The rejection of the report affirms the ability of the individual
nations in the European Union to promote their own approach to sexual
education and abortion policies.
'The formulation and
implementation of policies on sexual and reproductive health and rights
and on sex education in schools is a competence of the member states,'
stated the European People's Party and the European Conservatives and
Reformists Group, two groups within the European Parliament who
presented an alternative report that passed by a vote of 334 to 327,
with 35 members abstaining from the vote.
The rejected report,
Sexual and Reproductive Health and Rights, had been submitted by Edite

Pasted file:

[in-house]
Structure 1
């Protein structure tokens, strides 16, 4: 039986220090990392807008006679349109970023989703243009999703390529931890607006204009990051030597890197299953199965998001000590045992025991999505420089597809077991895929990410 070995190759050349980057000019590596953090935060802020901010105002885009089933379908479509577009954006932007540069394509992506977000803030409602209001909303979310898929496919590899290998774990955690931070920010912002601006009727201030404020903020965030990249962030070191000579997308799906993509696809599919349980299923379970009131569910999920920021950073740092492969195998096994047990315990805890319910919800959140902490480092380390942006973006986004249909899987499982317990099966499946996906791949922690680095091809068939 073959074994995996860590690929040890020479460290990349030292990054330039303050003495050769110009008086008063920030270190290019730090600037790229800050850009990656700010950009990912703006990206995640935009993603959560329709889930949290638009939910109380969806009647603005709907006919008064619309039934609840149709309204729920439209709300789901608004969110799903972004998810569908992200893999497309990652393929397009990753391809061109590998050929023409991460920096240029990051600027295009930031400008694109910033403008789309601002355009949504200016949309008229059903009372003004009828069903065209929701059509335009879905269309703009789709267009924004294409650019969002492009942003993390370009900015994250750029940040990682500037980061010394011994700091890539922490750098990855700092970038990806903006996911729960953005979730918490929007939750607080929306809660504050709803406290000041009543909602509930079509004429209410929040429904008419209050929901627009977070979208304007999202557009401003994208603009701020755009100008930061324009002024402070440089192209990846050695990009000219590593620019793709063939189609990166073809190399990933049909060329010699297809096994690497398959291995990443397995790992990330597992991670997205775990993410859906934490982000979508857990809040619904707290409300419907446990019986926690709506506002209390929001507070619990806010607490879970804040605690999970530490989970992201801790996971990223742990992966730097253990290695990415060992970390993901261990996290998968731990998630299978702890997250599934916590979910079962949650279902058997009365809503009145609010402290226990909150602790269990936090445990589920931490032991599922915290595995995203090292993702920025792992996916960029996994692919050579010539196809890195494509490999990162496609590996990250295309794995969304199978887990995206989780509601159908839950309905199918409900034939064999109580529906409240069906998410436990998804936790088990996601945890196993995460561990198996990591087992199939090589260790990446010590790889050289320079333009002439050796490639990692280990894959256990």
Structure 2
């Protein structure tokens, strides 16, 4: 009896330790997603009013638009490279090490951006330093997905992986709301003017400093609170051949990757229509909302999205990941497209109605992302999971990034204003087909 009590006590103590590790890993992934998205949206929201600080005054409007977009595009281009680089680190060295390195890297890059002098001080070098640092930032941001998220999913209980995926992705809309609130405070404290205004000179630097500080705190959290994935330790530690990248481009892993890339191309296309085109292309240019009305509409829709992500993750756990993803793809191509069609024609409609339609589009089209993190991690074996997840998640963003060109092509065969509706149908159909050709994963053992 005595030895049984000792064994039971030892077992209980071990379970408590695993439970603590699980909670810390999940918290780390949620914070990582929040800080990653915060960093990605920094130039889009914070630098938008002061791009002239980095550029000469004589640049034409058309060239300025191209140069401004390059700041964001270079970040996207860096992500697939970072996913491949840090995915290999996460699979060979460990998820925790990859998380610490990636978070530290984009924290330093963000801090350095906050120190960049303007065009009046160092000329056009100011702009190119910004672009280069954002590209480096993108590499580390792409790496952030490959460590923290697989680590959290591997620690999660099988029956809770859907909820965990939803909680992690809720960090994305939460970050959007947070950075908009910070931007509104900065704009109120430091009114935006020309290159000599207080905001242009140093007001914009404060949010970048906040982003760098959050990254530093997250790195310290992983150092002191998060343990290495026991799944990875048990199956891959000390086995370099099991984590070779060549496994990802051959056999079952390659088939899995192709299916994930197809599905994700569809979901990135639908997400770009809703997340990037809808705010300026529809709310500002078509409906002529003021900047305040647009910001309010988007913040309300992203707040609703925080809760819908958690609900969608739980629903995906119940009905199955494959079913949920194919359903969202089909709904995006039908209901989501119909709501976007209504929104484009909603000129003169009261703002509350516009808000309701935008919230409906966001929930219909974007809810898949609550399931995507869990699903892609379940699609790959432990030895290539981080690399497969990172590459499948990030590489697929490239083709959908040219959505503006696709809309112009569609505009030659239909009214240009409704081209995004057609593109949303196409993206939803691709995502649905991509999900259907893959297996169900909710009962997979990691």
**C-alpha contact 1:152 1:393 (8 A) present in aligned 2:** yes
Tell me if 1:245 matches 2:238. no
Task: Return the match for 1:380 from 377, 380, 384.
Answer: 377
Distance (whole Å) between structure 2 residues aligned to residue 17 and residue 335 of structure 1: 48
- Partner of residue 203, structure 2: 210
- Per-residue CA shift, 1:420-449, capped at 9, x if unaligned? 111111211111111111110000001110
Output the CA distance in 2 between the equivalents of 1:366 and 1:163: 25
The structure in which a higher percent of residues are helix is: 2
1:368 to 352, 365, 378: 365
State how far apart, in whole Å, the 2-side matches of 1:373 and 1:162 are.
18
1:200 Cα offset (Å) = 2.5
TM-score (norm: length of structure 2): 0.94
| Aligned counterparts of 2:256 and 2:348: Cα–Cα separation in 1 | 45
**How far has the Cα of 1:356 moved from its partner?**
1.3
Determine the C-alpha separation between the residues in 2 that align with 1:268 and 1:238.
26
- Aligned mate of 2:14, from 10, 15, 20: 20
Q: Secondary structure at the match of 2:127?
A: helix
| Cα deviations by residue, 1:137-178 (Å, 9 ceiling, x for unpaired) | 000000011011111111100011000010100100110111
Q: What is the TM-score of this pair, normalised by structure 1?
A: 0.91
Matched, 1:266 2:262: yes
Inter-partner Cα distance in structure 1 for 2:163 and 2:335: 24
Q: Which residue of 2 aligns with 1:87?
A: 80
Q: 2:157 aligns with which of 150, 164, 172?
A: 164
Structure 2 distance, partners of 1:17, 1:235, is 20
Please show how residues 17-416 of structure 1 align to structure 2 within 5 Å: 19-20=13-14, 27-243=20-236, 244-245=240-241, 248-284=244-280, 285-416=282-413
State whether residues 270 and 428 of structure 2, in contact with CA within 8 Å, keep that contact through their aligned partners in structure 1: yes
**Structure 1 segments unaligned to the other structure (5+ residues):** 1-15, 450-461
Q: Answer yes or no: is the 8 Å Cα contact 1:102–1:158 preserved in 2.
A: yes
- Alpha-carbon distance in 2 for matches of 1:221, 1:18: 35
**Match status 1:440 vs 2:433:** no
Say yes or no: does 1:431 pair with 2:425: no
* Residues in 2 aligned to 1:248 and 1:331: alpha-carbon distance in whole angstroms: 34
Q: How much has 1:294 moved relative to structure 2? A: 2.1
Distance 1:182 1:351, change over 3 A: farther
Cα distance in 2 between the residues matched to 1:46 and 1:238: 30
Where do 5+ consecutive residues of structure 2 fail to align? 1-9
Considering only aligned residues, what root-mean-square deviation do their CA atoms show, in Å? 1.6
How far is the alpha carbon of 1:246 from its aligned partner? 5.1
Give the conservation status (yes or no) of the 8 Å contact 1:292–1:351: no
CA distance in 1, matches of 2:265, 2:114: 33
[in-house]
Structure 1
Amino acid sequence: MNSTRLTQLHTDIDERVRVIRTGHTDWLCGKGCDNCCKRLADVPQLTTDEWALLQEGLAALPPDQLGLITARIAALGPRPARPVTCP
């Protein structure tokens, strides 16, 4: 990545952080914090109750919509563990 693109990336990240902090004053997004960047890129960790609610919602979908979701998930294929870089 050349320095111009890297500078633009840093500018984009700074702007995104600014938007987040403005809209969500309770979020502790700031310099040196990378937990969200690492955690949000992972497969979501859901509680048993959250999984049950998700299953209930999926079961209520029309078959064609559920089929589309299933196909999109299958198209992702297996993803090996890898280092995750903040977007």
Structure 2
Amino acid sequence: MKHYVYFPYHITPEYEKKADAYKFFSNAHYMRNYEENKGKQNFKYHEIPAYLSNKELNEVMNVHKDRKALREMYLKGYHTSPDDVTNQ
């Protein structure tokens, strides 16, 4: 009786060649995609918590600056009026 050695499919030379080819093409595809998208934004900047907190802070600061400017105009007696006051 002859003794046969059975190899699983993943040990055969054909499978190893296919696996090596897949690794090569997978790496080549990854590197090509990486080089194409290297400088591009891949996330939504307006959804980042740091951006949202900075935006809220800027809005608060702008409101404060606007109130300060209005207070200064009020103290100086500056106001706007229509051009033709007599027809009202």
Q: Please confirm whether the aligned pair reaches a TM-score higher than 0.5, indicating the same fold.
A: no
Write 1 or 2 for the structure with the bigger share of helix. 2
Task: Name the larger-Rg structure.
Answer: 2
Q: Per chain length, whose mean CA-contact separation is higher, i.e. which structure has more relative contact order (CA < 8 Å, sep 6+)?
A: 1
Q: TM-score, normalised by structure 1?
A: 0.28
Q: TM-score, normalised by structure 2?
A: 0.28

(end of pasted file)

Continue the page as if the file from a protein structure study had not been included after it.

Estrela, a European Parliamentarian from Portugal, intended to establish
abortion 'as a human rights and public health concern' in the EU.
a result of this view of abortion as a right, the report sought to
expand abortion in all countries of the EU and restrict 'obstacles to
the access of appropriate services' such as conscientious objection,
waiting periods, pro-life counseling, and religious hospitals' ability
to refuse to perform certain 'sexual health' procedures such as
Estrela's report also called for the provision of
'sufficient funding for the broad (sexual and reproductive health and
rights) agenda in all appropriate instruments' throughout the European